Political Perspectives

Different hosts each week bring a variety of guests and topics.

Episode Archive

Political Perspectives on 07/29/11

Air date: 
Fri, 07/29/2011 - 9:00am - 9:30am
Short Description: 
REAL STATE OF AMERICA ATLAS

Host Michelle Schroeder-Fletcher speaks with Joni Seager and Cynthia Enloe about their book, REAL STATE OF AMERICA ATLAS, which draws back the curtain on our complex nation to reveal the myriad realities of the American experience-from our changing demographics to patterns of home ownership to the kinds of food we eat. The atlas upends many long-held myths and shows us who we are today.

Cynthia Enloe is research professor at Clark University in Worcester, Massachusetts, and has appeared on NPR and written numerous articles on feminism, militarization, and globalization.

 

Political Perspectives on 07/27/11

Air date: 
Wed, 07/27/2011 - 9:30am - 10:00am
Short Description: 
"Concrete, Steel, and Paint," a film documents what happens when men in a Pennsylvania state priso

Host Michelle Schroeder Fletcher speaks with Tony Heriza, Co-Director/Producer of "Concrete, Steel, and Paint," and Jane Golden, Executive Director of the Philadelphia Mural Arts Program. They discuss the film "Concrete, Steel, and Paint," which documents what happens when men in a Pennsylvania state prison join with victims of crime to create a mural about healing and their views on punishment, remorse, and forgiveness collide. Finding consensus is not easy - but as the participants move through the creative process, mistrust gives way to surprising moments of human contact and common purpose.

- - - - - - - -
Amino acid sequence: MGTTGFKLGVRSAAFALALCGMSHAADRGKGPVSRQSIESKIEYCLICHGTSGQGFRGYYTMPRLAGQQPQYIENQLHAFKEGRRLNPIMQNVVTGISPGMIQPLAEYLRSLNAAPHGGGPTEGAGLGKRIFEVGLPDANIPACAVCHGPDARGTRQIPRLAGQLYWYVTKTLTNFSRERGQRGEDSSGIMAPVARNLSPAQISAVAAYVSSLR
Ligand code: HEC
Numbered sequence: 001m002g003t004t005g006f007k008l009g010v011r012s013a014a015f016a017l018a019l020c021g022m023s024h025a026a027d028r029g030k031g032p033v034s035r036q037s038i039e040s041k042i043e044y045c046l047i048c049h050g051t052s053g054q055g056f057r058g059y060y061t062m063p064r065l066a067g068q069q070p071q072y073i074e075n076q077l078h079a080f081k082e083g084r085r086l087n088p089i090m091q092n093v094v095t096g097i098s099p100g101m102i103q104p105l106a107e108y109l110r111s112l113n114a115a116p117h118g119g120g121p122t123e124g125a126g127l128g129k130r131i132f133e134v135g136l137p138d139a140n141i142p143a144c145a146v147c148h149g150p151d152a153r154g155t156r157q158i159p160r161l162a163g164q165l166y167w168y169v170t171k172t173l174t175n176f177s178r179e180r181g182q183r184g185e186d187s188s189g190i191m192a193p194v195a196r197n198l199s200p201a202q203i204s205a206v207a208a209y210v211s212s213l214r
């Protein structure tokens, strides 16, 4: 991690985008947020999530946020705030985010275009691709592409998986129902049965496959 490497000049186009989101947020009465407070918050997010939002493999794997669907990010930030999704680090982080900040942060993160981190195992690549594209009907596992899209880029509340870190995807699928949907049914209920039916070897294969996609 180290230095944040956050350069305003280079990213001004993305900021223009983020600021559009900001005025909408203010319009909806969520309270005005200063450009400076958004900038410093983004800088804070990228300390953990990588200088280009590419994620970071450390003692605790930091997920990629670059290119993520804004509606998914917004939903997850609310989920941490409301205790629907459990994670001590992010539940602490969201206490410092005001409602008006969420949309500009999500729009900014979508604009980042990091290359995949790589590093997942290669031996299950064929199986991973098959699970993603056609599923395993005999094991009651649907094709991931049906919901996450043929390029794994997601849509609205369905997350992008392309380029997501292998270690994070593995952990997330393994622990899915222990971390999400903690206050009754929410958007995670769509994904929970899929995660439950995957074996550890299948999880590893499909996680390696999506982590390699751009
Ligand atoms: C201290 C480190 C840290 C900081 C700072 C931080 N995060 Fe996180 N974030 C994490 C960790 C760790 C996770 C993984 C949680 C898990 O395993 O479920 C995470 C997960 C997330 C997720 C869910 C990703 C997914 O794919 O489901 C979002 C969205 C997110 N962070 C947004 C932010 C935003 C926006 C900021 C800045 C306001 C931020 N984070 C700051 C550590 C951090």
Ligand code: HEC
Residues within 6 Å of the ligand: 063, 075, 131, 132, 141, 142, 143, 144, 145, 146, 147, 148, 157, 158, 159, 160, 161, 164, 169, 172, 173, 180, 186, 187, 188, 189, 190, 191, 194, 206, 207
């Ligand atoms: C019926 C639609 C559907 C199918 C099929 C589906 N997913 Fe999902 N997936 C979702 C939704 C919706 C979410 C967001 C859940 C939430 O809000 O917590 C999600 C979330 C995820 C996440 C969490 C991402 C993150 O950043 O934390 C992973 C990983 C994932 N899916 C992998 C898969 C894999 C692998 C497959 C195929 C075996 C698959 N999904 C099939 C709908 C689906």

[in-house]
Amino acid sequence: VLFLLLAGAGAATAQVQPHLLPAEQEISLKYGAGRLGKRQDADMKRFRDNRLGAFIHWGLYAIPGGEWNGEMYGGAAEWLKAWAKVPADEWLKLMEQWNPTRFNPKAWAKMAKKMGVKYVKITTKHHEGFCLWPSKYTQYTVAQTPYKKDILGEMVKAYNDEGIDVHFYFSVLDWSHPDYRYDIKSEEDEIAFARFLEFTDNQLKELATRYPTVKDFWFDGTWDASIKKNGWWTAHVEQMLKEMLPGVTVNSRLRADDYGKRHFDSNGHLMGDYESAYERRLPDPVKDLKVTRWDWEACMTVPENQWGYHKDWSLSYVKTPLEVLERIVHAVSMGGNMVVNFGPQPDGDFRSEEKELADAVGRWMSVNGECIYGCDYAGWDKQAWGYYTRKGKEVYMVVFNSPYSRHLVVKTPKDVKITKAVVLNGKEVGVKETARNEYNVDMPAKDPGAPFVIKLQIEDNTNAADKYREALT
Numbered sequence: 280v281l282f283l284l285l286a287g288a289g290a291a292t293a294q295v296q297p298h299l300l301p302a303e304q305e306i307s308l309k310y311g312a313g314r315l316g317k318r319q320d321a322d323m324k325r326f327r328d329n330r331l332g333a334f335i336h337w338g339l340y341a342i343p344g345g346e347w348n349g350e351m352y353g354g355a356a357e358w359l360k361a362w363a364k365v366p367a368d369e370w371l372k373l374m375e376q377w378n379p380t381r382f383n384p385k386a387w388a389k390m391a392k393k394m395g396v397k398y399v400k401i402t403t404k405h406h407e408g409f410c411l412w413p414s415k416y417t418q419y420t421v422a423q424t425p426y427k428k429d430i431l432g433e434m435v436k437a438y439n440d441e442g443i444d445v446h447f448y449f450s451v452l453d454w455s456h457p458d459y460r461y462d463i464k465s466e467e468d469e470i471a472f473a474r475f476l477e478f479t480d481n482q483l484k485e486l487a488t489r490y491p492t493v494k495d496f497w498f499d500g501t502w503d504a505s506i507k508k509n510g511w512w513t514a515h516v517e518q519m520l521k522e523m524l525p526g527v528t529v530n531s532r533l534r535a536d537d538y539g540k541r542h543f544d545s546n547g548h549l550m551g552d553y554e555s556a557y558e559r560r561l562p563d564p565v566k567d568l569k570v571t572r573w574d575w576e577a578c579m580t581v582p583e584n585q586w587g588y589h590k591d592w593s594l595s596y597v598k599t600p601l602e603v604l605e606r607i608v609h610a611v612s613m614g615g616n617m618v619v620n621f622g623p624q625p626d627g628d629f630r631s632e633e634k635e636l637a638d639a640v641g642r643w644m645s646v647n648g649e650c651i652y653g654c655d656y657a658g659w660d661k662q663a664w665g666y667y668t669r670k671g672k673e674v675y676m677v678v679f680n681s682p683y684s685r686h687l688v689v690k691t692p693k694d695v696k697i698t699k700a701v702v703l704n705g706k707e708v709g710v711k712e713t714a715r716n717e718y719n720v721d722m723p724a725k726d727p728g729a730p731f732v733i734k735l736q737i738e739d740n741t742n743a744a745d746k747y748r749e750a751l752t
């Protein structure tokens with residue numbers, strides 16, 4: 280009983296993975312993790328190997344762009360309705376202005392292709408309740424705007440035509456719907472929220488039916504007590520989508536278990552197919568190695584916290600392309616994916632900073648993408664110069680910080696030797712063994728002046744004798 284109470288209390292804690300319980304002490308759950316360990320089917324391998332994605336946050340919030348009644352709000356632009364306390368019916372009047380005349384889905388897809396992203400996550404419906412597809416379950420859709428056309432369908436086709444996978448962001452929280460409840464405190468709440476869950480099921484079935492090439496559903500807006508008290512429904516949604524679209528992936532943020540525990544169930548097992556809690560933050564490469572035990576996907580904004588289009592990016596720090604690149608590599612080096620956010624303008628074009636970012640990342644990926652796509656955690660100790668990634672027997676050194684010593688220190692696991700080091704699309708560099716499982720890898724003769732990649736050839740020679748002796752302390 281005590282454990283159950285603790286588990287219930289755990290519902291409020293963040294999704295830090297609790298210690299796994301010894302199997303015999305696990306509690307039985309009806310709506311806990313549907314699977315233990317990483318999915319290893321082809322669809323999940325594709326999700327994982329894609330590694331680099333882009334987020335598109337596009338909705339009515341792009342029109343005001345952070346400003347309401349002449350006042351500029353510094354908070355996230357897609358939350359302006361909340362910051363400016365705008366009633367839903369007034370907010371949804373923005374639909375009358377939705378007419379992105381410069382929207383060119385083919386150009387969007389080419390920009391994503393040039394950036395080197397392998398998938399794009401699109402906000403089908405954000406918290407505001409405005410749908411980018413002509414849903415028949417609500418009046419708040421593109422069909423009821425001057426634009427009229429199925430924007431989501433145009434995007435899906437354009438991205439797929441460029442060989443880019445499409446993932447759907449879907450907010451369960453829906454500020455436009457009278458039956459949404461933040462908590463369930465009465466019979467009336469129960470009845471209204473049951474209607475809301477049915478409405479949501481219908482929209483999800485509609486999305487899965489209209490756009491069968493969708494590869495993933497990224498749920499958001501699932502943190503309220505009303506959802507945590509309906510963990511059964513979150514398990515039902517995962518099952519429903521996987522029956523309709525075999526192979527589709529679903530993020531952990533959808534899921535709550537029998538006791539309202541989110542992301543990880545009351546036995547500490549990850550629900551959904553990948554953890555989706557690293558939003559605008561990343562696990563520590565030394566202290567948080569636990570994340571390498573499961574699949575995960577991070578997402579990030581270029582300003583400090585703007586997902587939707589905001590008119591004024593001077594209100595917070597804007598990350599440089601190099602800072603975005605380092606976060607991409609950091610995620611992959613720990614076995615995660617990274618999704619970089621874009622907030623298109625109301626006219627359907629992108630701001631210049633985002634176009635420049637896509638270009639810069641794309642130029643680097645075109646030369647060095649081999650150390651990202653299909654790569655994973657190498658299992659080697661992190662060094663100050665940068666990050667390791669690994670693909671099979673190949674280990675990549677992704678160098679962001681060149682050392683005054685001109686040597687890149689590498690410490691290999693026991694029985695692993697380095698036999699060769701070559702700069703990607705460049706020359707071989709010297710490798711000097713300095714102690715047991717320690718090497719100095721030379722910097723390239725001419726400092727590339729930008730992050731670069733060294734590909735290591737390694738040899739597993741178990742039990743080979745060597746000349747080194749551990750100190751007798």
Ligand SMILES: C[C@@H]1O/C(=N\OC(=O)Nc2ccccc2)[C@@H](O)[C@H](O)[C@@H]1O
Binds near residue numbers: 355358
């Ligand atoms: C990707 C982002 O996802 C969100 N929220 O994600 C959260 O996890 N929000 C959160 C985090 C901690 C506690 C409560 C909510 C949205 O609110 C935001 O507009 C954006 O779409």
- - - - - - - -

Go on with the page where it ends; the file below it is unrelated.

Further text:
Watch the trailer here: http://www.concretefilm.org

Political Perspectives on 07/27/11

Air date: 
Wed, 07/27/2011 - 9:00am - 9:30am
Short Description: 
Misguided Measures